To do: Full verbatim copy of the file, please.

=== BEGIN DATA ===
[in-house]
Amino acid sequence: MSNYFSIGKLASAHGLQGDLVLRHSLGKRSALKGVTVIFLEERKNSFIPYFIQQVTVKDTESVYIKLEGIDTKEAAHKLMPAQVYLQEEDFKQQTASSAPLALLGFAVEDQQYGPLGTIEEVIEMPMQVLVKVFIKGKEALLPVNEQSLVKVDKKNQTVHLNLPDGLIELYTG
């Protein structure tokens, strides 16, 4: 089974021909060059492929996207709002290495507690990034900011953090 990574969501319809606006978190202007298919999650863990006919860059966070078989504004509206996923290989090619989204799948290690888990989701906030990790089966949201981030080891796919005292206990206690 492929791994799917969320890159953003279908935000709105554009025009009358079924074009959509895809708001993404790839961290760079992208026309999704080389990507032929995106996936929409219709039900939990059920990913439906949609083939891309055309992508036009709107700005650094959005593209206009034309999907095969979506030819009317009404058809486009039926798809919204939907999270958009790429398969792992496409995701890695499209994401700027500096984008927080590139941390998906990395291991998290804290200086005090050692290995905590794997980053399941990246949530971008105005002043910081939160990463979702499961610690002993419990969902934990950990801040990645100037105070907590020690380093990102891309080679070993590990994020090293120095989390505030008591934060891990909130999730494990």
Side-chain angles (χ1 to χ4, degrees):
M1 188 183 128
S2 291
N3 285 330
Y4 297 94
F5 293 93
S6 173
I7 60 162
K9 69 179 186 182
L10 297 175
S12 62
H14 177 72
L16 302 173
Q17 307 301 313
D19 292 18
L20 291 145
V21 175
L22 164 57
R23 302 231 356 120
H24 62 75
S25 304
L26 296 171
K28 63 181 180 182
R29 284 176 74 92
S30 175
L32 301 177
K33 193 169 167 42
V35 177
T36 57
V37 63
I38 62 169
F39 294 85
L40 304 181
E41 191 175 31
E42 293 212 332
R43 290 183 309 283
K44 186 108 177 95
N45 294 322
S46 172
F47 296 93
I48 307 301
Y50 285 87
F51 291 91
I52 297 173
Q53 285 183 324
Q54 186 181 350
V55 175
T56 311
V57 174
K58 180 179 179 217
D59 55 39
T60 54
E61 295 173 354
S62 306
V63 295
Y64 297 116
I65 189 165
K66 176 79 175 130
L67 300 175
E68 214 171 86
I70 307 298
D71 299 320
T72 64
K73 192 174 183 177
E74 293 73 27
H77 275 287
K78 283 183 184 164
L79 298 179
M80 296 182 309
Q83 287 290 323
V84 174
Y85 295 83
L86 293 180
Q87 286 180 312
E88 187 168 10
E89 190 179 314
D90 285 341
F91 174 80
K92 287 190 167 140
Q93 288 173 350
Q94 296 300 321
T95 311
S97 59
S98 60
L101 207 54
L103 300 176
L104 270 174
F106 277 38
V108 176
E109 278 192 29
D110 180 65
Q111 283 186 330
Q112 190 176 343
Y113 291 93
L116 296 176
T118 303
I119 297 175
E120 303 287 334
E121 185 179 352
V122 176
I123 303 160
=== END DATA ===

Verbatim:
[in-house]
Amino acid sequence: MSNYFSIGKLASAHGLQGDLVLRHSLGKRSALKGVTVIFLEERKNSFIPYFIQQVTVKDTESVYIKLEGIDTKEAAHKLMPAQVYLQEEDFKQQTASSAPLALLGFAVEDQQYGPLGTIEEVIEMPMQVLVKVFIKGKEALLPVNEQSLVKVDKKNQTVHLNLPDGLIELYTG
């Protein structure tokens, strides 16, 4: 089974021909060059492929996207709002290495507690990034900011953090 990574969501319809606006978190202007298919999650863990006919860059966070078989504004509206996923290989090619989204799948290690888990989701906030990790089966949201981030080891796919005292206990206690 492929791994799917969320890159953003279908935000709105554009025009009358079924074009959509895809708001993404790839961290760079992208026309999704080389990507032929995106996936929409219709039900939990059920990913439906949609083939891309055309992508036009709107700005650094959005593209206009034309999907095969979506030819009317009404058809486009039926798809919204939907999270958009790429398969792992496409995701890695499209994401700027500096984008927080590139941390998906990395291991998290804290200086005090050692290995905590794997980053399941990246949530971008105005002043910081939160990463979702499961610690002993419990969902934990950990801040990645100037105070907590020690380093990102891309080679070993590990994020090293120095989390505030008591934060891990909130999730494990």
Side-chain angles (χ1 to χ4, degrees):
M1 188 183 128
S2 291
N3 285 330
Y4 297 94
F5 293 93
S6 173
I7 60 162
K9 69 179 186 182
L10 297 175
S12 62
H14 177 72
L16 302 173
Q17 307 301 313
D19 292 18
L20 291 145
V21 175
L22 164 57
R23 302 231 356 120
H24 62 75
S25 304
L26 296 171
K28 63 181 180 182
R29 284 176 74 92
S30 175
L32 301 177
K33 193 169 167 42
V35 177
T36 57
V37 63
I38 62 169
F39 294 85
L40 304 181
E41 191 175 31
E42 293 212 332
R43 290 183 309 283
K44 186 108 177 95
N45 294 322
S46 172
F47 296 93
I48 307 301
Y50 285 87
F51 291 91
I52 297 173
Q53 285 183 324
Q54 186 181 350
V55 175
T56 311
V57 174
K58 180 179 179 217
D59 55 39
T60 54
E61 295 173 354
S62 306
V63 295
Y64 297 116
I65 189 165
K66 176 79 175 130
L67 300 175
E68 214 171 86
I70 307 298
D71 299 320
T72 64
K73 192 174 183 177
E74 293 73 27
H77 275 287
K78 283 183 184 164
L79 298 179
M80 296 182 309
Q83 287 290 323
V84 174
Y85 295 83
L86 293 180
Q87 286 180 312
E88 187 168 10
E89 190 179 314
D90 285 341
F91 174 80
K92 287 190 167 140
Q93 288 173 350
Q94 296 300 321
T95 311
S97 59
S98 60
L101 207 54
L103 300 176
L104 270 174
F106 277 38
V108 176
E109 278 192 29
D110 180 65
Q111 283 186 330
Q112 190 176 343
Y113 291 93
L116 296 176
T118 303
I119 297 175
E120 303 287 334
E121 185 179 352
V122 176
I123 303 160